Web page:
By Myra P. Saefong and Joseph Adinolfi
Gold prices climbed on Tuesday, looking to tally a third consecutive session gain and holding ground at its highest level in eight months, buoyed by recent weakness in the U.S. dollar and Treasury yields as investors weigh the prospects for a soft landing for the U.S. economy.
“Whether slightly higher or slightly lower, the fact is that gold displayed considerable resilience,” said Peter Grant, vice Ppresident and the senior metals strategist at Zaner Metals LLC and Tornado Precious Metals Solutions.
“Recent incoming fundamental data have suggested that the pace of inflation is slowing,” he said in his newsletter issued late Monday. “While growth is slowing as well, soft-landing scenarios seem to be gaining traction.”
Nonfarm payrolls data for December released on Friday beat expectations, but the market “latched on to slower-than-expected wage growth.” That kept yields and the dollar under pressure, buoying gold in the process, said Grant. Traders await the latest reading on U.S. inflation, with December consumer price index data due out Thursday.
Since November, a softer U.S. dollar and lower yields have helped to power the rally in gold. The yellow metal has benefited from other factors as well, including China buying gold for its reserves in December, signs of waning inflation in the U.S. and abroad, and expectations for a recession in the U.S.
The People’s Bank of China added 30 metric tons to their holdings in December, following an addition of 32 metric tons in November, according to news reports.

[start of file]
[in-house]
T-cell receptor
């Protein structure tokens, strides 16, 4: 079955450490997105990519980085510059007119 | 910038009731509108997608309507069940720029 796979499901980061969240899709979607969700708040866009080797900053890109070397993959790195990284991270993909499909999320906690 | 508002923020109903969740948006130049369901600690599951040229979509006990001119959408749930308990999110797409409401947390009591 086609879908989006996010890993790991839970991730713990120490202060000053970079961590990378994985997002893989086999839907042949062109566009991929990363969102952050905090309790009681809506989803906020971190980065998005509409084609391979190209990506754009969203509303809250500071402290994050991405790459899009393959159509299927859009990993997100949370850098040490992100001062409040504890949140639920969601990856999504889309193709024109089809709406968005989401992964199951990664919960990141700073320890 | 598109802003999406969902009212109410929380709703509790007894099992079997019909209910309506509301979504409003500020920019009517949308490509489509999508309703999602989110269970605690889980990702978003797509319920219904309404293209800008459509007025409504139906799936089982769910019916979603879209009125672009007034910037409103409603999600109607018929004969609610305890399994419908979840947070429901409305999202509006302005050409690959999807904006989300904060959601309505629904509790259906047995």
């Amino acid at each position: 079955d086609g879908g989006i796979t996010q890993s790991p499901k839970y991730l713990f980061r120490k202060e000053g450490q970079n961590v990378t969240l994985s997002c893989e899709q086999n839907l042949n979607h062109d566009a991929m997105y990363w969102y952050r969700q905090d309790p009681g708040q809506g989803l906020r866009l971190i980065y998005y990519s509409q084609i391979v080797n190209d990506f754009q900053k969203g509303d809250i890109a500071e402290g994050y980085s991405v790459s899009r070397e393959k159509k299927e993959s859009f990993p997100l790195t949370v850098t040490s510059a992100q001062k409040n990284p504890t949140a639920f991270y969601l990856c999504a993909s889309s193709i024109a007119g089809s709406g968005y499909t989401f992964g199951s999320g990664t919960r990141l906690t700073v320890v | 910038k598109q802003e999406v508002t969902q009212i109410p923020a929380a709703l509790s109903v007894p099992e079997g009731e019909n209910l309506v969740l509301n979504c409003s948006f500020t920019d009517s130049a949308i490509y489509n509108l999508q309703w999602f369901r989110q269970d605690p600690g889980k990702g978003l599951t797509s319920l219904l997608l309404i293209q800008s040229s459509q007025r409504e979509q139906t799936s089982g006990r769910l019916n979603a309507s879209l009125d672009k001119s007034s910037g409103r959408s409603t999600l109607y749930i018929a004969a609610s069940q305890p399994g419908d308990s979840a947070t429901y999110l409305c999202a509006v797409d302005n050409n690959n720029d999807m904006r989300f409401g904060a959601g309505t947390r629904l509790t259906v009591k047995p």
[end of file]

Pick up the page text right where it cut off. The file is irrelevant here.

On Tuesday, however, Treasury yields and the U.S. dollar turned higher, helping to keep a lid on gains for the yellow metal, precious metals analysts said.
The ICE U.S. Dollar Index , a gauge of the greenback’s strength against, rose 0.2% to 103.189 on Tuesday. The index has fallen by more than 7% since Nov. 1, according to FactSet data. Meanwhile, the yield on the 10-year Treasury note rose 7.7 basis points to 3.595% in Tuesday dealings.
A stronger dollar makes gold less affordable for buyers in other currencies, while higher yields help Treasurys and other bonds to offer more attractive returns than gold, which offers no yield.
In prepared remarks for a panel discussion sponsored by the Swedish central bank in Stockholm, Fed Chairman Jerome Powell did not discuss the outlook for the U.S. economy or monetary policy as some had expected.
-Myra P. Saefong
(END) Dow Jones Newswires
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